Designing PaxEx around the Nonexistent Millennial

If you listen to one hotel brand, the travel experience millennials want in the Netherlands is to be helicoptered privately from their Amsterdam hotel to a UNESCO-listed tulip field and fed a picnic from a Michelin-starred restaurant. I wish this were the lead-in to a funny joke, but it was an actual example of What Millennial Travelers Want given at the Passenger Experience Conference in Hamburg earlier this year.

Let’s be clear: The helicopter-tulip-Michelin-picnic is another example of the industry creating things for nonexistent millennials, driven by the sort of social media influencers that the industry itself has created. The industry has built a product with no demand, given it away “for exposure”, and then pointed to that exposure as demand.

This experience was roundly mocked at the time by the millennials in the room for many reasons, and deservedly so. For a start, and admitting that any generational discussion is a generalization, the vast majority of millennials do not have the money for this kind of wasteful, polluting demonstrative consumption.

Rather, this generation is socially, fiscally and environmentally conscious, enjoys authenticity of experiences rather than fake tourist veneers, and delights as a rule more in street food than in haute cuisine.

For the RKOI (rich kids of Instagram) market, it’s private jet or go home. Image: Bombardier

Hands up: your author is one of those oldest millennials, often called in the US the “Oregon Trail Generation” for being in the niche where that computer game was a mainstay of school computer labs (another generational marker). Let’s not forget that the oldest millennials are approaching 40, and the youngest are now out of school.

It took a matter of seconds for three millennials sitting nearby during the presentation to think up what would actually be a better way to achieve this Dutch travel experience: a local-knowledge eco-tour package with a bike rental, a train ticket, a map and instructions to get to the tulip fields, and options for finding the best coffee, stroopwafels and poffertjes on the way, and some small-batch artisanal beer on the way back.

But what’s the airline equivalent of that #PaxEx? Is it replacing expensive wines that don’t perform well at altitude with a revolving artisanal wine list, decent beers, and signature cocktails? Is it giving people the information they need to make educated public transportation decisions on their destination? Is it even about bringing smart, focused ancillaries like an eco-tour into the inflight entertainment system, together with onboard retail purchasing?

Yes, there is a premium travel market for millennials. But more than ever, this must provide value for travelers’ money, must move beyond the Baby Boomer focus (hopefully not, as usual, omitting Generation X) and must provide something they can’t get elsewhere, a moment they can capture — and, yes, share. While self-created Instagram influencer-driven products are not the key to success, actual organic interest in a particular part of passenger experience can be gauged by social media sharing.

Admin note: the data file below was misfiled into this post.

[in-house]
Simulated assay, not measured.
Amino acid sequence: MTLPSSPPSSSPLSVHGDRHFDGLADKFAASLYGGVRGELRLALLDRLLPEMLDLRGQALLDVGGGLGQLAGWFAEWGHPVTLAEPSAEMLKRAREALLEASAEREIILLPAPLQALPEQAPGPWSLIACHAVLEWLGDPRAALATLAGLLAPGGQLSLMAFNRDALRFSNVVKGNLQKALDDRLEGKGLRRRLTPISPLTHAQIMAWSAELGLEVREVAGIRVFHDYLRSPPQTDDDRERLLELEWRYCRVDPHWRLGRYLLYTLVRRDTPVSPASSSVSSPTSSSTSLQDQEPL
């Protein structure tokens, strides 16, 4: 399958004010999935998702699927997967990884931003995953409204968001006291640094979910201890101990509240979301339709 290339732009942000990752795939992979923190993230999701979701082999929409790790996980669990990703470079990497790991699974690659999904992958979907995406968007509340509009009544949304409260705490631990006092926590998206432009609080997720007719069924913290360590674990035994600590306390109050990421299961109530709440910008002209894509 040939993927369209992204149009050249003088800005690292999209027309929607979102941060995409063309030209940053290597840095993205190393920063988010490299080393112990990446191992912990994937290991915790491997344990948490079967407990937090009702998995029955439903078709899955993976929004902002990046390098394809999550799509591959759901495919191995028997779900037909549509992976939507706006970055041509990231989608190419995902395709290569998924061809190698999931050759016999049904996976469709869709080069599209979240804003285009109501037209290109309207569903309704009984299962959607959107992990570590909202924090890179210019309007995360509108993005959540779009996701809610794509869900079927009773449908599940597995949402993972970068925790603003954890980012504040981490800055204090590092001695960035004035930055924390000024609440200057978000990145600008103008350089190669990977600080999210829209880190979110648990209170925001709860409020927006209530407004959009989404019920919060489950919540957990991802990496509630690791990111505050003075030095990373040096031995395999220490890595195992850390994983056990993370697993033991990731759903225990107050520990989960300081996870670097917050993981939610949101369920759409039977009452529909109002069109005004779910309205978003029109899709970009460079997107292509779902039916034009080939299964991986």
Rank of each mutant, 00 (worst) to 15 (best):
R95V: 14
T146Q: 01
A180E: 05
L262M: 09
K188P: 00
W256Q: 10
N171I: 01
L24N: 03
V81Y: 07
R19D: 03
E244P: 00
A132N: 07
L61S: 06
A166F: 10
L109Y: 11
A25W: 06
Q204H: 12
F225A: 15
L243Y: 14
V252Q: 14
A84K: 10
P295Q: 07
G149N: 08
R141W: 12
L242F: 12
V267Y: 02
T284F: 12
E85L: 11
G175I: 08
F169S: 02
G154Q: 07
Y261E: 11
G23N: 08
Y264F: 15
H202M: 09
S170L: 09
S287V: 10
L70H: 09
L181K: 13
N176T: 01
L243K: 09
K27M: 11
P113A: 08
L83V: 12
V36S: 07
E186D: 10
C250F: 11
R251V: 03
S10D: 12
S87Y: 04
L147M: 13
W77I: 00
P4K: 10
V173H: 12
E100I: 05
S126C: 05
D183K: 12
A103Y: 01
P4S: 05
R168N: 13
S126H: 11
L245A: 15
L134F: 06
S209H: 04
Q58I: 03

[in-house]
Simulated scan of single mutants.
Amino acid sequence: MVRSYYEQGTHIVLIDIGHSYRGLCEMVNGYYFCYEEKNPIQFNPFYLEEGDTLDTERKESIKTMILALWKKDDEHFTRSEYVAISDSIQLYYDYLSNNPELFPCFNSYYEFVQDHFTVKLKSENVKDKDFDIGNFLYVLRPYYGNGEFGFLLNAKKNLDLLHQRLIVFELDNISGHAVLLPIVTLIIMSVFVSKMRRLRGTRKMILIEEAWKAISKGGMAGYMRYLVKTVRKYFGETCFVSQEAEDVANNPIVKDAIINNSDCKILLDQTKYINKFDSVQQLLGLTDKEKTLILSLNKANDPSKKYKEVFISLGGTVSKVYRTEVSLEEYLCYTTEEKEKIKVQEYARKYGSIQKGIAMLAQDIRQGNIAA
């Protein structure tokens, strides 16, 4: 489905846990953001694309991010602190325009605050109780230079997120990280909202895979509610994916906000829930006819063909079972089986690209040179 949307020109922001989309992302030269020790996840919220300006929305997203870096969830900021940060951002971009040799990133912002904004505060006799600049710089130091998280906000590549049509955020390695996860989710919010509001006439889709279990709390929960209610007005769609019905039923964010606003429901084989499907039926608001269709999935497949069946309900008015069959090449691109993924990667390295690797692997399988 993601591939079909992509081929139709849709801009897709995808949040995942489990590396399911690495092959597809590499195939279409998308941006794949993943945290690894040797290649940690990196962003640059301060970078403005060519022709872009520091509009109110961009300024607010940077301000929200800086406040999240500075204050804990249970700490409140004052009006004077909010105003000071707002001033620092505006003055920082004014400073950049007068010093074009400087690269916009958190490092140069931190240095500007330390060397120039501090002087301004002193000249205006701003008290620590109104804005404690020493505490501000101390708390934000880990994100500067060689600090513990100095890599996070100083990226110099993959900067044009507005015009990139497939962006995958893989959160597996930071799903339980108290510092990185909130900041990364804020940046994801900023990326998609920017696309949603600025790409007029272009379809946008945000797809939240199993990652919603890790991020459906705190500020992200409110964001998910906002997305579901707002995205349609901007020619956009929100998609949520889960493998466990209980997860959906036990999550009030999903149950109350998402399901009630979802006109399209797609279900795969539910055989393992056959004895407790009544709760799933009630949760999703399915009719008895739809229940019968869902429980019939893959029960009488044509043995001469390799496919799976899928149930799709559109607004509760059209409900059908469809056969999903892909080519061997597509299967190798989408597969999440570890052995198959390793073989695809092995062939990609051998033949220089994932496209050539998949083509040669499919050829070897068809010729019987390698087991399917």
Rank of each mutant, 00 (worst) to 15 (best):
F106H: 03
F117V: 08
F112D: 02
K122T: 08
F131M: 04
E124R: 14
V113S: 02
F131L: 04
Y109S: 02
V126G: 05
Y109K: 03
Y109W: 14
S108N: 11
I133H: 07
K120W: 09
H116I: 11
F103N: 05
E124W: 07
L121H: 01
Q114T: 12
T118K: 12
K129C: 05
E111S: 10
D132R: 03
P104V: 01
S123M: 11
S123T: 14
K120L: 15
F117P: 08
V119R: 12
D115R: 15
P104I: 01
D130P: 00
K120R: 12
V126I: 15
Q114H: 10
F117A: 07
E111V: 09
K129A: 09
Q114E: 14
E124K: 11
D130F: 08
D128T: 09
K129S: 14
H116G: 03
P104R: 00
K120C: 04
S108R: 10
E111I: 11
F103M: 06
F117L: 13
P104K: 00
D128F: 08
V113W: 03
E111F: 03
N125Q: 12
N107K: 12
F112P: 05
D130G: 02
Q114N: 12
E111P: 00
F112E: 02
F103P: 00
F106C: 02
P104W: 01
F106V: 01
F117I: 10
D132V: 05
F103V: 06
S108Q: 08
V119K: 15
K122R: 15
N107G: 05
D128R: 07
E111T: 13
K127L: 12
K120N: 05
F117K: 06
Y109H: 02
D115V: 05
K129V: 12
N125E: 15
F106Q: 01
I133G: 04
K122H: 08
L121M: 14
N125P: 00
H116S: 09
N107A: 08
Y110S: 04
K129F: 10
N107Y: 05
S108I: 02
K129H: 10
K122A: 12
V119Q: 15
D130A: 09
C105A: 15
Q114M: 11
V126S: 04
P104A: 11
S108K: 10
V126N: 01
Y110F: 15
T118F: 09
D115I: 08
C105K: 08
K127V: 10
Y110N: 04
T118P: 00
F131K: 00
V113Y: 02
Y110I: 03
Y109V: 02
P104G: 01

That’s not bad news for aviation. Soaring five miles high is the perfect opportunity for a snap out the window, and airlines are starting to provide Instagram-worthy vignette opportunities, particularly in premium cabins and especially on halo products. And there’s certainly something to be said there from a cynical marketing perspective: who thinks of Etihad without the Residence? Of Emirates without the A380 bar?

Qatar Airways did well with its Qsuite Instagrammable tableau. Image: John Walton

But what can airlines do to bring ‘gramworthy passenger experience design to more passengers? Halo products are very much not within the reach of all, or even most millennials, even those with the means to fly premium. And the aviation industry needs to figure out how to design passenger experience along the lines of trains, bikes and stroopwafels rather than (or at the very least in addition to) helicopters and Michelin-starred picnics.


Despite the age of the older cohorts in the millennial generation, unrestrained consumption and unbridled luxury is not a characteristic of most of their desires, not least because of their financial situation. If they want Michelin-starred — and that’s a big if — they’re more likely to go for Tim Ho Wan than The Fat Duck. If they’re in the market for a luxury car, it’s a Tesla, not a Humvee.

For airlines, it’s about using their uniqueness, it’s about being eye-catching, it’s about thinking visually, it’s about having enough diversity to create new ideas, and it’s about knowing your brand and how people relate to it.

Even for the more staid airlines, there are enough older brands out there that millennials love, and there’s no reason why airlines shouldn’t be among them.

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